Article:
7. It pays to clean things. A damp microfiber cloth works miracles on dusty glassware, dishes, and decor.
  8. Be willing to haggle. If you know you want $25 for something, either mark it, “Price Firm” or mark it $29 so you can come down and still get what you want. BUT! It’s also ok to say “no” to a ridiculous offer. I’ve told people I will happily donate something rather than sell it for a foolish price.
  9. Make sure to have plenty of change on hand. I recommend $75 broken down like this: $28 in ones, $25 in fives, $20 in tens, plus $2 in quarters. People will give you a $20 bill for a $1 purchase.
  10. Have a check-out table and keep smaller, easy-to-steal items near you there.  Sadly, sometimes people help themselves to things that are easy to pocket or highly desirable, such as collectibles, jewelry or video games.

After the sale:

  • Schedule a charity pickup for leftovers the day after your sale. Promise yourself the stuff is NOT going back in the house. It’s time; let it go. However, sometimes it’s worth it to relist big-ticket items on Craigslist or other online venues if you want to take another shot at selling.

If possible, time your sale to coincide with another event in your neighborhood such as a festival, garden walk, or real estate open house. Anything that attracts people is great when you’re having a garage sale.

The more effort you put into it, the more you’ll get out of it. Make it a fun experience for people – offer treats, have some lively music playing, mix and mingle and even if it’s not true, act like you’re having fun!

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It’s not what you think…I don’t have an “organized” garden, nor do I have organized spreadsheets listing all the perennials, the kazillion varieties of hosta, or even the annuals I need to buy… annually. Gardening is a passion of mine that I approach more with emotion and instinct than organization.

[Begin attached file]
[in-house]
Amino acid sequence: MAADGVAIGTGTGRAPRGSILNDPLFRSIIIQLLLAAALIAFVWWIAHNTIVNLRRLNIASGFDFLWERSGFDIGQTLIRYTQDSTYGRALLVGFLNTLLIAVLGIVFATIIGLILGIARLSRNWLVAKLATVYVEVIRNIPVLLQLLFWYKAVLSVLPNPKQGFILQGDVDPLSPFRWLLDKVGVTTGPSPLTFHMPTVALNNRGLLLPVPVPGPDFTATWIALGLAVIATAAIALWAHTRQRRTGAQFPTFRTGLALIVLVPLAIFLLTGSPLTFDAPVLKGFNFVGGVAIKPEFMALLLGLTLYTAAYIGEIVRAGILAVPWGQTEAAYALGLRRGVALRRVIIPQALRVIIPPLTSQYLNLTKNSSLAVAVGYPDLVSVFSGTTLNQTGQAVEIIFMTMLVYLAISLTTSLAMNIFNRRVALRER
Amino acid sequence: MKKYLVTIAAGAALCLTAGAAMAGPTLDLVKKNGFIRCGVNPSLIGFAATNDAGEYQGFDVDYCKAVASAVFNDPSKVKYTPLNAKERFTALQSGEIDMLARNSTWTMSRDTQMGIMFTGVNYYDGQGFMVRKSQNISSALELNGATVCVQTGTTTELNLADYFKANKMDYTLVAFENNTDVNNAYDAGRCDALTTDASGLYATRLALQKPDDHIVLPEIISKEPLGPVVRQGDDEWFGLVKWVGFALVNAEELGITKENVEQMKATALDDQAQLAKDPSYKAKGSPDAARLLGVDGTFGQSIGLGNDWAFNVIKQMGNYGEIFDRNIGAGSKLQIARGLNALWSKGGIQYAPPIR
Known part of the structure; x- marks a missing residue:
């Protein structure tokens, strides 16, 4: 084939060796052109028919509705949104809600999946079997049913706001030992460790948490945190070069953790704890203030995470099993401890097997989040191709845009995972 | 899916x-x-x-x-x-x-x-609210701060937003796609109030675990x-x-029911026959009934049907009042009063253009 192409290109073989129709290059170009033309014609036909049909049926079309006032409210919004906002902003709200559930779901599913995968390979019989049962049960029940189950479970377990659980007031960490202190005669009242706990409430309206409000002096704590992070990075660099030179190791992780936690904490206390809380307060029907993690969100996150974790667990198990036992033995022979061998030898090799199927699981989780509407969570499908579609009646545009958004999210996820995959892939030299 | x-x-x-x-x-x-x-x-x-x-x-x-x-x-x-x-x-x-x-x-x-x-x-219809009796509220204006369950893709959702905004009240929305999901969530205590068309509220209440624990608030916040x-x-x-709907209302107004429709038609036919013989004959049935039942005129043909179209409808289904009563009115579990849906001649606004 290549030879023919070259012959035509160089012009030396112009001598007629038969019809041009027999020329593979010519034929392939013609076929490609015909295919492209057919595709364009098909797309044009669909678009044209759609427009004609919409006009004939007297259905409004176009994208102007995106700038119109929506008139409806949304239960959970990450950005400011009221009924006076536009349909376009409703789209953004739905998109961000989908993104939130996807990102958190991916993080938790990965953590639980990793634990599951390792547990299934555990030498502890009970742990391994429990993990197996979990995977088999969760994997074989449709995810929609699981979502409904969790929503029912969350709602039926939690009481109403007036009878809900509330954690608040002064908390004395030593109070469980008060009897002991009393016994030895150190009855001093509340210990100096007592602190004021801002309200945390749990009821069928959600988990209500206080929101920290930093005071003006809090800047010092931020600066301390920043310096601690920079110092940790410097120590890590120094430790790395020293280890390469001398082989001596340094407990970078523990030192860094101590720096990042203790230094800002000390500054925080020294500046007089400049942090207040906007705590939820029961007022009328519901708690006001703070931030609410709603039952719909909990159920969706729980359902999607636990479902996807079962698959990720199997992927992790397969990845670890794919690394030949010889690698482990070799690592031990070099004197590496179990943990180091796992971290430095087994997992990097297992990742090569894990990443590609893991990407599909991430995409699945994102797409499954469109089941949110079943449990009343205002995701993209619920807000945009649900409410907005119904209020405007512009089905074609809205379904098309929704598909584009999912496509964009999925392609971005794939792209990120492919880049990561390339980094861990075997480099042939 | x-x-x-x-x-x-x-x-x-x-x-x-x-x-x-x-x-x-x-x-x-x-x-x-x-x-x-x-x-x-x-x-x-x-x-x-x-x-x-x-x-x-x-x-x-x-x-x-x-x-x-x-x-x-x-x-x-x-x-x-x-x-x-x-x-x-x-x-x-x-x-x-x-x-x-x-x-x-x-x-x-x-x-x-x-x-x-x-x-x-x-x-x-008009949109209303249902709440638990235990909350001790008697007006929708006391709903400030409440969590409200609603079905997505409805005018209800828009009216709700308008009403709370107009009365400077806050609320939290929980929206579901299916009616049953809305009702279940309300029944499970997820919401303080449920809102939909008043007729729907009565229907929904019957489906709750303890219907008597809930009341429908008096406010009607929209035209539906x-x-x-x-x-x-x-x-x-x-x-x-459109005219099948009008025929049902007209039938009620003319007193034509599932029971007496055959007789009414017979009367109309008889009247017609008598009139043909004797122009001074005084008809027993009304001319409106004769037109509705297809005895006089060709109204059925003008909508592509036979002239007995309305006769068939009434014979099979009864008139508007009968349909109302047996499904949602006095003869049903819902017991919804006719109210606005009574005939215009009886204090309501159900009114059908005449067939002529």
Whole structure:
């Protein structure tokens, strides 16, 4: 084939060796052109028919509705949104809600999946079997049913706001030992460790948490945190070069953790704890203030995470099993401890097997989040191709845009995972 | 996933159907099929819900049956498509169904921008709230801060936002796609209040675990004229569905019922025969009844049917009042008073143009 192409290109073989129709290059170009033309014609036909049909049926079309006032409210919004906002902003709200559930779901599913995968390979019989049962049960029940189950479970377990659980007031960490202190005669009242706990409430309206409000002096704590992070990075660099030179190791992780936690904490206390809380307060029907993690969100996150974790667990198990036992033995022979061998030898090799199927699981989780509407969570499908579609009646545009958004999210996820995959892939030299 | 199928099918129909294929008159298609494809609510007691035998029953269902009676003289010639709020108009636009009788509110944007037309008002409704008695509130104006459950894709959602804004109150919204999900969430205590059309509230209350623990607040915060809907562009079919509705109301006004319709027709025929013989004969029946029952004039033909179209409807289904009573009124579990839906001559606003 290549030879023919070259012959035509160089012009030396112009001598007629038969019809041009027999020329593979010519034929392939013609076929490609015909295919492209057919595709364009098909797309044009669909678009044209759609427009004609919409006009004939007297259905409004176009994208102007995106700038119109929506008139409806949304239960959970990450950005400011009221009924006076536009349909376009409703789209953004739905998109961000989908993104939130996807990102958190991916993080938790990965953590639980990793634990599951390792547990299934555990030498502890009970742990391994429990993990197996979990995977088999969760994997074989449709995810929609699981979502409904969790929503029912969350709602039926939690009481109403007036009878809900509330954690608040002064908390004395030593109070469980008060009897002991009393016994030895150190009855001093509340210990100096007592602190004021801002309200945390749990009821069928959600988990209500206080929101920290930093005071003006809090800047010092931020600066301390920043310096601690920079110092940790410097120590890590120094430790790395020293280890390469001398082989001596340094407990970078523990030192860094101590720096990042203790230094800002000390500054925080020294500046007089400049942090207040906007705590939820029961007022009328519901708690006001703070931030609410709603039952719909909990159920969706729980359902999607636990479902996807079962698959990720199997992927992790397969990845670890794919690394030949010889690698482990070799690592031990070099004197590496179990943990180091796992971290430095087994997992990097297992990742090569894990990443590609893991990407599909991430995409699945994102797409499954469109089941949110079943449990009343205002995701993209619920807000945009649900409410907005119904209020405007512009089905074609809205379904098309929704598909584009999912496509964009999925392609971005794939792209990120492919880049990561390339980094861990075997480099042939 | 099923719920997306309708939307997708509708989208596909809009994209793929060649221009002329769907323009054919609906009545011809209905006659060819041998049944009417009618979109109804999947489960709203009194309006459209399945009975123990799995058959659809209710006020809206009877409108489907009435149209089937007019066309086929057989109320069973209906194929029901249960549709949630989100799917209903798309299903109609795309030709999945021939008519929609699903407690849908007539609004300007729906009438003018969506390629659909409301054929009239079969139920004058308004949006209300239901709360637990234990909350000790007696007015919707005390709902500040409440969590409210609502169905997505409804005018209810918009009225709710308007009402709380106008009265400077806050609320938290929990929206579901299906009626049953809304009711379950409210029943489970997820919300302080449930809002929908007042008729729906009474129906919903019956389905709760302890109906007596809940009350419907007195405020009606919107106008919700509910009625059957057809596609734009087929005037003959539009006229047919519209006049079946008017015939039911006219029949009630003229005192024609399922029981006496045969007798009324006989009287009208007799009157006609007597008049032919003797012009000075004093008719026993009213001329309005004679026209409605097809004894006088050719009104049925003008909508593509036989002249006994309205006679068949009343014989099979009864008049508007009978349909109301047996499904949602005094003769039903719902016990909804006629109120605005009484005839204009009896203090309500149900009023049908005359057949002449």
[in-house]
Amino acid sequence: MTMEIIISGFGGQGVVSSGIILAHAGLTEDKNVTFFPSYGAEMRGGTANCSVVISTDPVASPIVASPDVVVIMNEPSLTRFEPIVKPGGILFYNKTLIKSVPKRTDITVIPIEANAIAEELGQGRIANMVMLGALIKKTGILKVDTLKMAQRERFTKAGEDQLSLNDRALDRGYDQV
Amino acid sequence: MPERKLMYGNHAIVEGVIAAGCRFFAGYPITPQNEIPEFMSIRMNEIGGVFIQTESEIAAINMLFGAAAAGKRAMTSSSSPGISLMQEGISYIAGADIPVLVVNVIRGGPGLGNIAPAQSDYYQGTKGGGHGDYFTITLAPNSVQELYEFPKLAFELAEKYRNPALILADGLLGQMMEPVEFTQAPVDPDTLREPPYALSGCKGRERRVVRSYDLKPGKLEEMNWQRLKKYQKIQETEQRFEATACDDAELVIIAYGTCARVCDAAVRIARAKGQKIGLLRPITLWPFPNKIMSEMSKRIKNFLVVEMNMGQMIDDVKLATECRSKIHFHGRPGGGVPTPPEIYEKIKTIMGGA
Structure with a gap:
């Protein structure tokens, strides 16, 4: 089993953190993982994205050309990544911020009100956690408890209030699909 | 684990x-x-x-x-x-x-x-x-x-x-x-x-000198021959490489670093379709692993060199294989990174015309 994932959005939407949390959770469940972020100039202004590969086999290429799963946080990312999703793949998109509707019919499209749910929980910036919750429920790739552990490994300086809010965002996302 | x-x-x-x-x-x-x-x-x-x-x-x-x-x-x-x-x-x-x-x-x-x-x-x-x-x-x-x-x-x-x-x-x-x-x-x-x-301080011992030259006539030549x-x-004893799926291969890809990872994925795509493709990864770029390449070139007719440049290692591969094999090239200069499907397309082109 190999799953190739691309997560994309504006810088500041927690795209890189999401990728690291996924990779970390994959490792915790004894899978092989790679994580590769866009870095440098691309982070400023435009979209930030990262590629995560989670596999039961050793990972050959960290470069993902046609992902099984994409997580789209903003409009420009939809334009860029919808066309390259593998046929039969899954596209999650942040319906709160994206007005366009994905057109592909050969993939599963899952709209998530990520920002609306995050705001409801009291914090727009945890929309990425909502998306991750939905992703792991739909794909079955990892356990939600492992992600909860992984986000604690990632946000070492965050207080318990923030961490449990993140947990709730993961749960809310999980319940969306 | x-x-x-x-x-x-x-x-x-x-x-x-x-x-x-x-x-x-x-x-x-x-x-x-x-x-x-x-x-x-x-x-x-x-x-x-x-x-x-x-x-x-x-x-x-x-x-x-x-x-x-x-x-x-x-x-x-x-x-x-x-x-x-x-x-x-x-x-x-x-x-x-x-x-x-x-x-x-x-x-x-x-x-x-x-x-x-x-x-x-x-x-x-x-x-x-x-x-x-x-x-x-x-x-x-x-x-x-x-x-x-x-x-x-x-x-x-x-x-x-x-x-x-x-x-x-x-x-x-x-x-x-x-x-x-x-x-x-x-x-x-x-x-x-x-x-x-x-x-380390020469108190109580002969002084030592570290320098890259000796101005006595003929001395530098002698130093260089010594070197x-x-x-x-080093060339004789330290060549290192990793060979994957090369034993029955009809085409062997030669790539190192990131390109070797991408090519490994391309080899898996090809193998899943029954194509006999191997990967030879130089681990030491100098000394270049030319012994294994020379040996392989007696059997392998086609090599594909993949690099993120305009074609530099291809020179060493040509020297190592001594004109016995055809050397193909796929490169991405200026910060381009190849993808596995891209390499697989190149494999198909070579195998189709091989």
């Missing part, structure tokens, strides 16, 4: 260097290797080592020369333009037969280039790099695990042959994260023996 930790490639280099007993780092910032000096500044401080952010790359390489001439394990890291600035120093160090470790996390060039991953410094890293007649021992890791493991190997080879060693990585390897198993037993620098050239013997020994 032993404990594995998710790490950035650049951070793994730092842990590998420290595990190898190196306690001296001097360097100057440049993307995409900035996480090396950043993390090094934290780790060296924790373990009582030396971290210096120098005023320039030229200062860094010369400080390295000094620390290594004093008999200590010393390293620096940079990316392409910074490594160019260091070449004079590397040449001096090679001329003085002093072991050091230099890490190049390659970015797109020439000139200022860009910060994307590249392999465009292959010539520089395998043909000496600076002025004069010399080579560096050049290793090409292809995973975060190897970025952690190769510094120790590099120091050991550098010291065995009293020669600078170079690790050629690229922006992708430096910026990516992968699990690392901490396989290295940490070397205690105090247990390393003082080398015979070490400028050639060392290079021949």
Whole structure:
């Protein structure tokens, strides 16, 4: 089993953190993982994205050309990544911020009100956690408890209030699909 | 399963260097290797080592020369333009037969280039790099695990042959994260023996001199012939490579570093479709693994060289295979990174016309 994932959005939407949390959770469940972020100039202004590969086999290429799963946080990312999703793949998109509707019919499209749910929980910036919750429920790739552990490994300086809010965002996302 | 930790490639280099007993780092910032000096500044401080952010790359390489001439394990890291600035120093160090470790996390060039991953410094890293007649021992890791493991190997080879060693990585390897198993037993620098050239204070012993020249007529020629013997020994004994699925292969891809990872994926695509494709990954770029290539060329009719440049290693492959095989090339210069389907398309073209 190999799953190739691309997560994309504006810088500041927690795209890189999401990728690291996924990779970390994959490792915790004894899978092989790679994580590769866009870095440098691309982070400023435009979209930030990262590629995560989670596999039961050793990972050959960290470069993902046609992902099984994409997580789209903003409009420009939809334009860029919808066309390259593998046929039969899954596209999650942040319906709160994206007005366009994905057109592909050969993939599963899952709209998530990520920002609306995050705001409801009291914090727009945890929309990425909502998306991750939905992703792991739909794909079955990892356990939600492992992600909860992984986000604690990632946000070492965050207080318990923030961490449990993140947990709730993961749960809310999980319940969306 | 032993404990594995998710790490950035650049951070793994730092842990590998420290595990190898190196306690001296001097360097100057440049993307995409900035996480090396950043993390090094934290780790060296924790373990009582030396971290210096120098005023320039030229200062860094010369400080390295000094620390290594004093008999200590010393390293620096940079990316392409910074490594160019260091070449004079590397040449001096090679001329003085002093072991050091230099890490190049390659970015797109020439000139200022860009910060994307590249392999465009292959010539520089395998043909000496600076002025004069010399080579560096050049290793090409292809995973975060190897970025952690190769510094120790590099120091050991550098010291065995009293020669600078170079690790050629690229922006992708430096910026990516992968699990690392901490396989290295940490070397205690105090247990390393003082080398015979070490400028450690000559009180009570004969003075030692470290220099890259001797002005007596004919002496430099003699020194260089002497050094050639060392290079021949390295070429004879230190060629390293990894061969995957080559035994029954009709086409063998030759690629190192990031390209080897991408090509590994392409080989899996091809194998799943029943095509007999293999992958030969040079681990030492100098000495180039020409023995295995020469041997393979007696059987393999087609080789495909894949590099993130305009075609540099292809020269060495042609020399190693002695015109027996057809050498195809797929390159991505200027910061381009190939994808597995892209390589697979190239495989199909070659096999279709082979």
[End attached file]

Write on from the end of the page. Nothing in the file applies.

BUT! (yes, that’s a big “but,” not to be confused with a “big butt.”) I do approach the process of tending our gardens the same way I encourage my clients to tackle large organizing projects – using BABY STEPS. Yep, baby steps.

When Mother Nature finally delivered Spring weather to us, there was much for a gardener to do: rake, gather winter’s abandoned trash, weed, edge, thin certain plants, as well as some general examining and pondering. If I were to look at that as one giant task, I’d feel completely overwhelmed. Instead, I mentally separate our garden beds into sixteen sections. By breaking things down into sixteen parts and then sub-categorizing each part into tasks, it becomes much less intimidating. I tackle tasks based on my available time as well as the mood I’m in. See? Not particularly organized, but certainly more doable.

My husband and I are homebodies for sure. We enjoy eating dinner on the patio or relaxing in the hammock, cooled by a gentle breeze.  We work to entice birds such as hummingbirds, orioles, and catbirds to visit the feeders and flowers. We’ve even got two raised beds filled (this year) with kale, a variety of salad greens, basil, three kinds of peppers, tomatoes, and snap peas. Gardening isn’t everyone’s cup of tea, but it sure is mine.

If you’d like to learn more about my “baby step” approach to tackling otherwise overwhelming projects, you can check out this blog post.